While some may wonder, “Does the world really need another flavored vodka?” no one answers this question quite so memorably as spirits writer and raconteur Jason Wilson does in Boozehound . (By the way, the short answer is no.) A unique blend of travelogue, spirits history, and recipe collection, Boozehound explores the origins of what we drink and the often surprising reasons behind our choices.
In lieu of odorless, colorless, tasteless spirits, Wilson champions Old World liquors with hard-to-define flavors—a bitter and complex Italian amari , or the ancient, aromatic herbs of Chartreuse, as well as distinctive New World offerings like lively Peruvian pisco. With an eye for adventure, Wilson seeks out visceral experiences at the source of production—visiting fields of spiky agave in Jalisco, entering the heavily and reverently-guarded JÄgermeister herb room in WolfenbÜttel, and journeying to the French Alps to determine if mustachioed men in berets really handpick blossoms to make elderflower liqueur.
In addition, Boozehound offers more than fifty drink recipes, from three riffs on the Manhattan to cocktail-geek favorites like the Aviation and the Last Word. These recipes are presented alongside a host of opinionated essays that cherish the rare, uncover the obscure, dethrone the overrated, and unravel the mysteries of taste, trends, and terroir. Through his far-flung, intrepid traveling and tasting, Wilson shows us that perhaps nothing else as entwined with the history of human culture is quite as much fun as booze.
From the Hardcover edition.
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|Title of Religion eBook: Boozehound|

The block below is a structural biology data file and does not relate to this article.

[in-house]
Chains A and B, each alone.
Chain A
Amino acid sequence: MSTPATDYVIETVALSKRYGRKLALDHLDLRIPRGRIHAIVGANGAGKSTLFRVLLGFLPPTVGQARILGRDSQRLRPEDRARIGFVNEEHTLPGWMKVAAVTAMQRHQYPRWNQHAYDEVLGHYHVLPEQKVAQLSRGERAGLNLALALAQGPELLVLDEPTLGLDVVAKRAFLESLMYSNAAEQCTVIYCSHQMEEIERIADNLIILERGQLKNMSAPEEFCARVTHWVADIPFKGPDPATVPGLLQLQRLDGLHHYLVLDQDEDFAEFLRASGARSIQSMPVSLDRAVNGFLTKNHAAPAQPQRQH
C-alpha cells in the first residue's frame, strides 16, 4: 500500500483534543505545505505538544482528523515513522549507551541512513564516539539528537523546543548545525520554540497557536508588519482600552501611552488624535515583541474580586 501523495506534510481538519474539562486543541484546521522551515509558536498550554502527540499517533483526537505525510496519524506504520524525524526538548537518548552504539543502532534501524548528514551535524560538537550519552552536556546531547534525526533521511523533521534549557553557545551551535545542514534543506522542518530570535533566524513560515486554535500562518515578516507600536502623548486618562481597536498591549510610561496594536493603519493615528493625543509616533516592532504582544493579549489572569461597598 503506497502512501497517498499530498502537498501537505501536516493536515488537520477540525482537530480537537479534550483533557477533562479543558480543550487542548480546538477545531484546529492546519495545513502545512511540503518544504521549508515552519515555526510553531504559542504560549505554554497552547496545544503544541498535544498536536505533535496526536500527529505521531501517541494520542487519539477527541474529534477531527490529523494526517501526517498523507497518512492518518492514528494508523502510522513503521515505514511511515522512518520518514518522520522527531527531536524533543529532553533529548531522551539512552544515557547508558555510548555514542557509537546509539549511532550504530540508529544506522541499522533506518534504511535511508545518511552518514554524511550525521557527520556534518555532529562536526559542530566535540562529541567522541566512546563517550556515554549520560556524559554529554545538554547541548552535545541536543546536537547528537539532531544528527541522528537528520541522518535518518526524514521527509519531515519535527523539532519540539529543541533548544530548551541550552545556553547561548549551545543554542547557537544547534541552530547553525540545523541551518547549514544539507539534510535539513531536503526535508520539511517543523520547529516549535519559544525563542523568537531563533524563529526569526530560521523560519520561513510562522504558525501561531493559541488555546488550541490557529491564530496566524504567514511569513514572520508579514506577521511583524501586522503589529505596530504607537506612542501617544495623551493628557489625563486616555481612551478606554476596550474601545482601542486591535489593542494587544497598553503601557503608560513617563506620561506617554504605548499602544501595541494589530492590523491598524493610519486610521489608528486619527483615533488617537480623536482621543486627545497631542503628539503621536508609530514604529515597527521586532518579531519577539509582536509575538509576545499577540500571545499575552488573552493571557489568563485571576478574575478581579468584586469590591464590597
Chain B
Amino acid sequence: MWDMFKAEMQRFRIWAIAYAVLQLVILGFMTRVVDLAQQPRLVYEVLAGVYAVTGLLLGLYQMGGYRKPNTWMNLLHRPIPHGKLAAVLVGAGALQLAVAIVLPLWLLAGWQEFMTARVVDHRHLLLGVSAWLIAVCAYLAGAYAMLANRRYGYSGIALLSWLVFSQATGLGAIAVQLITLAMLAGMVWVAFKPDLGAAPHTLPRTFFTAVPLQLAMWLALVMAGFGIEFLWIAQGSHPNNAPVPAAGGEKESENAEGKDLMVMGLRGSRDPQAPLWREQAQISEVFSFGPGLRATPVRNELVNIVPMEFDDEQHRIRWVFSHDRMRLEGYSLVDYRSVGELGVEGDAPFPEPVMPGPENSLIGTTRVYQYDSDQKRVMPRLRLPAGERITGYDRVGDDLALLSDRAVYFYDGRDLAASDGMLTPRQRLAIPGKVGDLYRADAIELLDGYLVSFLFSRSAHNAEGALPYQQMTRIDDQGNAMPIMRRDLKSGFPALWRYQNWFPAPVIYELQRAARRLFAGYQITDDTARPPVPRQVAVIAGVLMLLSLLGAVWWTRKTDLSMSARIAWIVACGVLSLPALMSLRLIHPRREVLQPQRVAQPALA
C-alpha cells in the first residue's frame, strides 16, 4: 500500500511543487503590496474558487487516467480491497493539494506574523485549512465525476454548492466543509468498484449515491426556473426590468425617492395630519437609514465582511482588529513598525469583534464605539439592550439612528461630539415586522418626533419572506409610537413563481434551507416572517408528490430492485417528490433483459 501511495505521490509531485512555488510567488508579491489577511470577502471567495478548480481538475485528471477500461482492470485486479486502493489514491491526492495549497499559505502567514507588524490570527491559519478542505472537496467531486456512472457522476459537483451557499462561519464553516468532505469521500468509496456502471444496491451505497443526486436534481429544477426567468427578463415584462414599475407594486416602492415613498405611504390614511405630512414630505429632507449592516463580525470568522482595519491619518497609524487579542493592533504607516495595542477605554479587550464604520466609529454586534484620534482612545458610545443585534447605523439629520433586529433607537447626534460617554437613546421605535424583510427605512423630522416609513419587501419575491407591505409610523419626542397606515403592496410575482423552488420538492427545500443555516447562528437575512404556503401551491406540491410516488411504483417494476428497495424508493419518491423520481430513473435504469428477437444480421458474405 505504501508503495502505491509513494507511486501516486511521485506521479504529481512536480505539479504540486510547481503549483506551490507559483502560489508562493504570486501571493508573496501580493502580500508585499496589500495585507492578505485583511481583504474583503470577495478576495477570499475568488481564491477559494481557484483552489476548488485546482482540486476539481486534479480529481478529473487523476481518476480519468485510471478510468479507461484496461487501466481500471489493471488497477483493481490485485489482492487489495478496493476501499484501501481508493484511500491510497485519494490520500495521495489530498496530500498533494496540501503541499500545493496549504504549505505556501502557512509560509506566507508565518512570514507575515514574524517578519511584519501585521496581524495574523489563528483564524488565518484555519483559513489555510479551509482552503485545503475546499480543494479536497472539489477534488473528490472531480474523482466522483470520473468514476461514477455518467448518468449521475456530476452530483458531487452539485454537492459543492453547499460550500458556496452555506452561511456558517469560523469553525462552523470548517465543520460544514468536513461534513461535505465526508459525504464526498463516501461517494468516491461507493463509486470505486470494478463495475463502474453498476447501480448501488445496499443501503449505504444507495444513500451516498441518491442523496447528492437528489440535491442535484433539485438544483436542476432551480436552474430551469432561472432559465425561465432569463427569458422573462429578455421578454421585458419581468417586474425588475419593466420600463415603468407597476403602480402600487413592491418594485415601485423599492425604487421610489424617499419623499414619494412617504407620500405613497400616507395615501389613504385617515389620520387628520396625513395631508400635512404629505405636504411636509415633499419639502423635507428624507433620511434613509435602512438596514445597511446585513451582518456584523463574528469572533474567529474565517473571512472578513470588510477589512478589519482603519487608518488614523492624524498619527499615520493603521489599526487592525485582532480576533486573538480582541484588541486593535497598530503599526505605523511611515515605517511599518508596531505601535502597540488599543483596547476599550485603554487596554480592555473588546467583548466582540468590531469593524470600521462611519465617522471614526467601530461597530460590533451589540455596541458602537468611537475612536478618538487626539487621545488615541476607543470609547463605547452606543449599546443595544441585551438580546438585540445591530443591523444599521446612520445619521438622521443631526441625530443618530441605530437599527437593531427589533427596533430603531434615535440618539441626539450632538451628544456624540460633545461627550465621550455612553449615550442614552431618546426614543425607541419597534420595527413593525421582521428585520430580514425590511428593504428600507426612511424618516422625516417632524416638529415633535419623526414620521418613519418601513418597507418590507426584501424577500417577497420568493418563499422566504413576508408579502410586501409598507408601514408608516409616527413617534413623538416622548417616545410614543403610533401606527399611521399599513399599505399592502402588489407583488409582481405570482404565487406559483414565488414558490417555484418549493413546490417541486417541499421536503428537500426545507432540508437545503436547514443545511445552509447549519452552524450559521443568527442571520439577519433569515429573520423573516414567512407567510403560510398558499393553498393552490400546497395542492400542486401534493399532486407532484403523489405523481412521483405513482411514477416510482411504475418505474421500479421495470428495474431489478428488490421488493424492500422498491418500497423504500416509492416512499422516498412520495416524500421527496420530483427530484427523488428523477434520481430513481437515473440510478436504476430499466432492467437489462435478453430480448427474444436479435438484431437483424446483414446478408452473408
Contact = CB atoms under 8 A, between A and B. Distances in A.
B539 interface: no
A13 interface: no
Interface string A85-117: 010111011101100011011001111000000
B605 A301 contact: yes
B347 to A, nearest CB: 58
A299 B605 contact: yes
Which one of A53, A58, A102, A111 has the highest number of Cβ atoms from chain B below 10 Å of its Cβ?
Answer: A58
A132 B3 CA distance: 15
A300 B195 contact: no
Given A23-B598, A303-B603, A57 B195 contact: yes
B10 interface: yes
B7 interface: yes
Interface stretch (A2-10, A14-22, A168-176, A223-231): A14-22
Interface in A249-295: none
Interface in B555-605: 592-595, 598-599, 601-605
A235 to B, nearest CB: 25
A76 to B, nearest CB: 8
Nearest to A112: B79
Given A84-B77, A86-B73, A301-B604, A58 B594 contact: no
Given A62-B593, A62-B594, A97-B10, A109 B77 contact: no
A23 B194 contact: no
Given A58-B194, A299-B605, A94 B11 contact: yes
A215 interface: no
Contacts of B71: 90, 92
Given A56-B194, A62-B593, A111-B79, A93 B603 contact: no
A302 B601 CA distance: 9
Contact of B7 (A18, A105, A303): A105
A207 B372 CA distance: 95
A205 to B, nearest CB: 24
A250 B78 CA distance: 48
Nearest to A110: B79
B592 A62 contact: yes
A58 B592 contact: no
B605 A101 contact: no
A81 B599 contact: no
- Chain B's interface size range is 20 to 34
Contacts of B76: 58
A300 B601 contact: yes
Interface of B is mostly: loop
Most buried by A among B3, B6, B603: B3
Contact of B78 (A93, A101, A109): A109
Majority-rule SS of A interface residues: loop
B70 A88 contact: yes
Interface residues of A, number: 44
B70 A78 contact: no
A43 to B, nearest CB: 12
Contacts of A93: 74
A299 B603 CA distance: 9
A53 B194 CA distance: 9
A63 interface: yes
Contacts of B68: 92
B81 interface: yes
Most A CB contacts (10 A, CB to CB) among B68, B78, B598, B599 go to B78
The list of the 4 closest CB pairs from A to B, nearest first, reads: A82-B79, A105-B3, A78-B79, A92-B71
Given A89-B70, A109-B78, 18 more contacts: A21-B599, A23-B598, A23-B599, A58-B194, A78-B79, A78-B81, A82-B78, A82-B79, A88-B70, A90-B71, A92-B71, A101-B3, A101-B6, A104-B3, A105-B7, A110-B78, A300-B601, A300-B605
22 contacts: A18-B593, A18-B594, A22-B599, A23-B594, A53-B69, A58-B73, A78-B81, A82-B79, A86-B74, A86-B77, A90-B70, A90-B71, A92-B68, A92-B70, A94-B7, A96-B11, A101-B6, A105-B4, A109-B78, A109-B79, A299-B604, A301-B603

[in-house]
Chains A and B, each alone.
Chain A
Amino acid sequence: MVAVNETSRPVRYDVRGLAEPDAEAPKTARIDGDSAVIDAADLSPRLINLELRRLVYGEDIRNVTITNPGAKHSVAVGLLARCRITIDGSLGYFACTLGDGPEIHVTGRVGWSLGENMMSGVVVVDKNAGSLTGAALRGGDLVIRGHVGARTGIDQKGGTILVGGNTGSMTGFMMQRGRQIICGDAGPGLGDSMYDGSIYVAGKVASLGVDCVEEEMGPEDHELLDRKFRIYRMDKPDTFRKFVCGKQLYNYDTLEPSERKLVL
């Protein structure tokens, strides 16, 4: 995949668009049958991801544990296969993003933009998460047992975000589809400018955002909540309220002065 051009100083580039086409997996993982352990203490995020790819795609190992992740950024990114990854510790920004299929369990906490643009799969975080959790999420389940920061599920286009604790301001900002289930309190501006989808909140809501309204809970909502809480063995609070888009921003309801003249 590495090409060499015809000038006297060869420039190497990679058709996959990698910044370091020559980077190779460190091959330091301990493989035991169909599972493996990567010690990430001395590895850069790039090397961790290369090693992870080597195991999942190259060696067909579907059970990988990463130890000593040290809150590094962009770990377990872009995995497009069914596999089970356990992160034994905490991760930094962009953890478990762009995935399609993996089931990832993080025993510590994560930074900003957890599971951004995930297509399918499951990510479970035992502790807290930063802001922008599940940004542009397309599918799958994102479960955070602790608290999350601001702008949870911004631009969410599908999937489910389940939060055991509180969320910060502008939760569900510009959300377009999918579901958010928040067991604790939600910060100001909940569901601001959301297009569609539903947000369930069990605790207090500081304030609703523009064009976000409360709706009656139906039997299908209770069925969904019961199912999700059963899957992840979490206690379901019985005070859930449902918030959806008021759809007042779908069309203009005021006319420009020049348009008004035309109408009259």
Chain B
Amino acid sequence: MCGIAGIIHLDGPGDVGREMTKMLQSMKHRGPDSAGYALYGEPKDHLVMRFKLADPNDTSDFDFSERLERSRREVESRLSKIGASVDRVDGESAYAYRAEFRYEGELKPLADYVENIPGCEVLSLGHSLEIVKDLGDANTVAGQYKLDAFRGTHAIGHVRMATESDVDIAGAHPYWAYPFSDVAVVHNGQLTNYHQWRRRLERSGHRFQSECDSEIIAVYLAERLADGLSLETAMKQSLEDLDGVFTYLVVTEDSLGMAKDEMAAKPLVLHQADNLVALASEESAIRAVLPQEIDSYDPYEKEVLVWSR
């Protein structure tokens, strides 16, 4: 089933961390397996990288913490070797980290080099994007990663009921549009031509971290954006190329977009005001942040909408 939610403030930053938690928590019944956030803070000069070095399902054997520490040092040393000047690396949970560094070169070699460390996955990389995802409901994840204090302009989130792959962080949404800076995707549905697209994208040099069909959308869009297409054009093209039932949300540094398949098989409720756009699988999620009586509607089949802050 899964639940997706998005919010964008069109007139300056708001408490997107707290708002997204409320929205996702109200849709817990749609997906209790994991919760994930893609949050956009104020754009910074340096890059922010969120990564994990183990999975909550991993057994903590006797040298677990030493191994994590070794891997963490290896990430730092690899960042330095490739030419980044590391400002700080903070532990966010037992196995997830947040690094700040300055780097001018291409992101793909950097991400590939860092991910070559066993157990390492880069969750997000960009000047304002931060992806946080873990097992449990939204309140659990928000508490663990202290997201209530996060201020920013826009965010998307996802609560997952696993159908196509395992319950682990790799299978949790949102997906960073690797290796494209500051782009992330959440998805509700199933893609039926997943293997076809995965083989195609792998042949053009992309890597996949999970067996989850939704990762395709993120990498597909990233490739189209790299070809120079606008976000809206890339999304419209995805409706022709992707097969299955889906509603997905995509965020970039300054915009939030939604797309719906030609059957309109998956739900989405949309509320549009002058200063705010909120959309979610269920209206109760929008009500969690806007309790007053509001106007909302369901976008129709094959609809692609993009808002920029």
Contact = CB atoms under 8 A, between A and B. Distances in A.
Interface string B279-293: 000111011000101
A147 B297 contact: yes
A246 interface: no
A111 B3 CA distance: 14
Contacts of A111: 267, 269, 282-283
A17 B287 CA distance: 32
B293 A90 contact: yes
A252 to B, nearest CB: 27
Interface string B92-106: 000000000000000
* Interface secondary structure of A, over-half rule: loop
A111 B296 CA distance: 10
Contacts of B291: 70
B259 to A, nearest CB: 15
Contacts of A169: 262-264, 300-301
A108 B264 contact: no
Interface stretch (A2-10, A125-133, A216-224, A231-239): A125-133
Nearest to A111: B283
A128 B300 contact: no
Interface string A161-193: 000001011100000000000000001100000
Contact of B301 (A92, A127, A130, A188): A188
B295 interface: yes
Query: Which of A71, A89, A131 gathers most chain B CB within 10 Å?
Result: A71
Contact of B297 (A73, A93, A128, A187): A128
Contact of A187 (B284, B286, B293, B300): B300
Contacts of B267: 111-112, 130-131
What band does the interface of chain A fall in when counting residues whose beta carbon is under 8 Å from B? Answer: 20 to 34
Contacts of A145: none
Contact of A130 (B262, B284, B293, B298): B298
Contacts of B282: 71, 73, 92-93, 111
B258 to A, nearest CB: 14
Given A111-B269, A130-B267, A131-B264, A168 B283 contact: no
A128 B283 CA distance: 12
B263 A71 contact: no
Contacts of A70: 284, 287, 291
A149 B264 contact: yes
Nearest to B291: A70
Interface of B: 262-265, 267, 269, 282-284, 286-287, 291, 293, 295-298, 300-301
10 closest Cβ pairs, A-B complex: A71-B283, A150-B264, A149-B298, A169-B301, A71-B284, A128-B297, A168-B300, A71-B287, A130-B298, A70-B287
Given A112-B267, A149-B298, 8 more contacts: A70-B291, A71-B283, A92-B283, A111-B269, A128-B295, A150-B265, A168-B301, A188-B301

|Release Date: 09-21-2010|
|Allowed Countries (hover)|
|Publisher: Ten Speed Press|
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The Ombibulous Me
They talk of my drinking but never my thirst.
The first liquor i ever experienced, as a teenager, was sambuca—the anise liqueur often served after dinner in Italian restaurants, with three coffee beans for good luck. The only reason for this is because, in our house, a lonely bottle of sambuca sat at the back of our kitchen pantry, hidden behind the hodgepodge bottles of Chivas Regal, Canadian Club, and VO. My parents didn’t drink whiskey—they were the type of baby boomers who as young adults had eschewed spirits and cocktails for the pleasures of wine—and so they likely kept those bottles on hand solely for guests who liked whiskey. As for why sambuca lurked in a dark corner of our shelf, I have never discovered an explanation. We are not Italian-Americans. It’s not as if my parents were jet-setting in Portofino (more like Ocean City, New Jersey). And we’d never hosted a foreign exchange student. Perhaps it was a gift from a guest, someone who believed that my parents might enjoy a bracing, licorice-tasting after-dinner spirit? In that case, it was one of the most misguided gifts of all time.
However, since this bottle of sambuca sat totally untouched and unmonitored, it ended up being the perfect liquor for a sixteen-year-old boy and his friends. My parents were occasionally out to dinner, and so after the police had broken up a keg party in the woods or on the eleventh hole of the local golf course and we were suddenly out of Milwaukee’s Best, my friends and I would find ourselves rummaging deep in my family’s pantry for our now-favorite Italian digestivo.